Tuesday, 8 December 2009

JavaScript – Create Singleton… No… Static Class

The following class is a normal javascript class:

function Calculator() {

// public functions
this.Add = add;
this.Subtract = subtract;

// private functions
function add(a, b)
{ return a + b; }

function subtract(a, b)
{ return a - b; }

// private variable
var name = "pooya";

// public variable
this.Name = name;


And this is how you use it:

var calculatorObject = new Calculator();
calculatorObject.Add(1, 2);

The following class is a static version of the same class:

var Calculator = (function() {

// private variable
var name = "pooya";

// private static functions
function add(a, b)
{ return a + b; }

// all the public members should be added to return (comma separated)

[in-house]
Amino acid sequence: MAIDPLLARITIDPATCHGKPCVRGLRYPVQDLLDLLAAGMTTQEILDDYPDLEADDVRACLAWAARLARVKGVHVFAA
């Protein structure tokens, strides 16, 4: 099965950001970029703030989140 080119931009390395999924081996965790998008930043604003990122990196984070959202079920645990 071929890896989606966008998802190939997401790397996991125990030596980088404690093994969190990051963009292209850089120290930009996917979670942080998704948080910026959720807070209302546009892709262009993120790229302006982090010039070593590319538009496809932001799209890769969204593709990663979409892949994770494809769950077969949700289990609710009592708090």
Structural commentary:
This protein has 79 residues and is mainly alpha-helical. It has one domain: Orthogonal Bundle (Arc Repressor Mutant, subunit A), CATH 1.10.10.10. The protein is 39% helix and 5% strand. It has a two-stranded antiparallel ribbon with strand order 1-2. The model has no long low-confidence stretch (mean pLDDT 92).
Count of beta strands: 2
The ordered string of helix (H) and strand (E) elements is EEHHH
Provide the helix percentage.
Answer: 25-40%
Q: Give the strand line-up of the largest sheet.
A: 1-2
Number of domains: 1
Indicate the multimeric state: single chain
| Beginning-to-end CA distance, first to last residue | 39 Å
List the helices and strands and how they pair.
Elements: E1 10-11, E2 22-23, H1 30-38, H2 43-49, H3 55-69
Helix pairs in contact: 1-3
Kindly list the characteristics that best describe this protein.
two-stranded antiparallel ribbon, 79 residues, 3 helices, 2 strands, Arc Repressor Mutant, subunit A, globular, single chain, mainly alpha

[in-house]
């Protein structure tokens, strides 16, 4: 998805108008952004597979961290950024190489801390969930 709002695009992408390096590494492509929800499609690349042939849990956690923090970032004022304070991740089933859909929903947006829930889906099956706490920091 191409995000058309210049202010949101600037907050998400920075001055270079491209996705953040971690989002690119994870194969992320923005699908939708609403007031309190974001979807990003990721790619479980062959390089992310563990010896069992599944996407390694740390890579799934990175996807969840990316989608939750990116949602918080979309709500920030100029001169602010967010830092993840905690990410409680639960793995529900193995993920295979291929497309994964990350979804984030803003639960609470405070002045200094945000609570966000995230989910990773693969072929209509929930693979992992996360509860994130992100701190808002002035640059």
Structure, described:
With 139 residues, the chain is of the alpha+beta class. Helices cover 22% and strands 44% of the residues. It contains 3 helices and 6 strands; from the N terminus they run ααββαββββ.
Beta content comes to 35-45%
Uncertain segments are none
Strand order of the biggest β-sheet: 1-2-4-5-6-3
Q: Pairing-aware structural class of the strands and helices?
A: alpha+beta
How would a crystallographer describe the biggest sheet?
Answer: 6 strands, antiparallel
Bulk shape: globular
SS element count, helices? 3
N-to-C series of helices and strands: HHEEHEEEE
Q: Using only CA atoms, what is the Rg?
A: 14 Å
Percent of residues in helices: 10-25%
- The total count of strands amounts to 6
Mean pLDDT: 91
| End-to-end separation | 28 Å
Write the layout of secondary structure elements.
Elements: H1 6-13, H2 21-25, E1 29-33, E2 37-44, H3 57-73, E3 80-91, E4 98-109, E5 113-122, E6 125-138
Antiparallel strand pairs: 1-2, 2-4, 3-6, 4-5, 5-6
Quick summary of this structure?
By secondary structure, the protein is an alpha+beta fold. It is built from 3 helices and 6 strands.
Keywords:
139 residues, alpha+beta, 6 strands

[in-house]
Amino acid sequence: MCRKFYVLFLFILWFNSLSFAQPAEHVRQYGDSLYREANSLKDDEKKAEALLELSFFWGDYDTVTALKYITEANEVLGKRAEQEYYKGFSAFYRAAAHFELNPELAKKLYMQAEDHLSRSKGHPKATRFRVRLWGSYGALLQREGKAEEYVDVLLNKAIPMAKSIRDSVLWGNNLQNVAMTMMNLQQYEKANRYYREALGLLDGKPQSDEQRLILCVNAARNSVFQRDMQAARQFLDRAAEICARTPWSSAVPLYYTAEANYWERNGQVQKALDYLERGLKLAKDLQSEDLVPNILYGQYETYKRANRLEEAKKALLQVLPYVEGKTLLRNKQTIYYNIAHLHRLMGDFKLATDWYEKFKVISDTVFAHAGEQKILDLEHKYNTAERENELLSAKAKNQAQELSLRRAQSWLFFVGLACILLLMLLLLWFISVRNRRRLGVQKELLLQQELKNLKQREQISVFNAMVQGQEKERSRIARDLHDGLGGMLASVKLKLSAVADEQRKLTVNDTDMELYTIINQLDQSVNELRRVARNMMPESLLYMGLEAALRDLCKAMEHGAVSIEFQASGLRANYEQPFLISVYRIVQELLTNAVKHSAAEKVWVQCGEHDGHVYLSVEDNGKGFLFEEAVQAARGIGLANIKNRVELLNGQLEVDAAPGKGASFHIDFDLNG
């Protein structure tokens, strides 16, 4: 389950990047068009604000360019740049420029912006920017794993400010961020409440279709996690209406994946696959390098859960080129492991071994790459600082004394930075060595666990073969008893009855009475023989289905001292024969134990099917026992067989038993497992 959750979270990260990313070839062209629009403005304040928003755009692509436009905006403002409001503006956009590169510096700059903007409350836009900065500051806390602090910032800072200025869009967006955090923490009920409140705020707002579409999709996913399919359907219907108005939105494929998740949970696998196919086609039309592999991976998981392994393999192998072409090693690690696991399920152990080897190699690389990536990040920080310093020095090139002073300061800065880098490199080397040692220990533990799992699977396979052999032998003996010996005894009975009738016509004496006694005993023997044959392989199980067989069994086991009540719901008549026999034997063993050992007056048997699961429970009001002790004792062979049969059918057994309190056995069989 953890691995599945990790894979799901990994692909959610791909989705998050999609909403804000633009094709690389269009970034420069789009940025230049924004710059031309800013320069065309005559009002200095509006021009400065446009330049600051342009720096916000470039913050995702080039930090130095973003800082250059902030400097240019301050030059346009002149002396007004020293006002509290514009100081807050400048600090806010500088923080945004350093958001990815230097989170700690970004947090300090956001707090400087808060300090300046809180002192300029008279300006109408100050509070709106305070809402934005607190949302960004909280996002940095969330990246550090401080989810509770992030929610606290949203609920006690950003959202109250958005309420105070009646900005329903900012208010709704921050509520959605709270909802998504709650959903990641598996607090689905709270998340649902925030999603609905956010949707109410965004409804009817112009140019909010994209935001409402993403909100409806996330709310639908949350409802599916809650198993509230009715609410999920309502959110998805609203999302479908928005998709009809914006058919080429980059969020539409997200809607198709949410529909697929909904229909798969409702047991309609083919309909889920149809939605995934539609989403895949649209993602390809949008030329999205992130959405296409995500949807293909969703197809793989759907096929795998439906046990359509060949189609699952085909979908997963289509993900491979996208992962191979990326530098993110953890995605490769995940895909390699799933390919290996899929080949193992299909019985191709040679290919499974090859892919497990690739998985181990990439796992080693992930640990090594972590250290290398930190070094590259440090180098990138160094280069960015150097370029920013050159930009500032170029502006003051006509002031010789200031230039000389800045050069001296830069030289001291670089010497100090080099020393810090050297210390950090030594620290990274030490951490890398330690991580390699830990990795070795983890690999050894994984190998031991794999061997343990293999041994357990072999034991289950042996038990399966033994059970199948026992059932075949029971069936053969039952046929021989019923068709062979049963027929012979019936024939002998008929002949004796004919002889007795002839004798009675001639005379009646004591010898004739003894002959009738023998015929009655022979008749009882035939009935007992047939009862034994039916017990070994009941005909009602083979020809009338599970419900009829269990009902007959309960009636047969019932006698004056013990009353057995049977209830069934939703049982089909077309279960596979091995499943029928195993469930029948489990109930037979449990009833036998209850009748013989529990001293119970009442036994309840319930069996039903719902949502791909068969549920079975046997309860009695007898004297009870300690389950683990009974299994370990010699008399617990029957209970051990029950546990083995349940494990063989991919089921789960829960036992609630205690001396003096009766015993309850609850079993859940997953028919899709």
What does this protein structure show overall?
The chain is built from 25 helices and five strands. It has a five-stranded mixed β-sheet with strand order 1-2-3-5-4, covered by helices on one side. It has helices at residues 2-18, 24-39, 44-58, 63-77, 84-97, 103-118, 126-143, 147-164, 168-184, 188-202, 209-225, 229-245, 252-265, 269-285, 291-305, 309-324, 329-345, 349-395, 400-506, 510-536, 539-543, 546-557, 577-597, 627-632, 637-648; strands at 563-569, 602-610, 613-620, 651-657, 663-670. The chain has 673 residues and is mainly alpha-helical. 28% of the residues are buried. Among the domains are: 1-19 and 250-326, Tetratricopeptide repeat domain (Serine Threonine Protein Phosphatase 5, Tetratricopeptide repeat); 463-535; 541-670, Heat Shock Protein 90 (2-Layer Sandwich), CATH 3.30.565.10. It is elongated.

return {
// public function using delegate
Add: add
// public function embedding the implementation
Subtract: function(a, b)
{ return a - b; }
// public variable
Name: name

Now you can simply use the following:

Calculator.Add(1, 2);


I have seen many people saying this is how you create a Singleton class which is incorrect.

Please note that in the second Calculator class, no instance member can be defined which means "this" doesn't work, the following is invalid: "this.Name = name"

All members are considered static because of the way it has been defined.

The difference is that in Singleton class you can define instance members, however, in static class like this one you can’t.

You can argue that Singleton in C# is different from Singleton in JavaScript but in my view Singleton is Singleton no matter what language, so this is how you define a static class in JavaScript.

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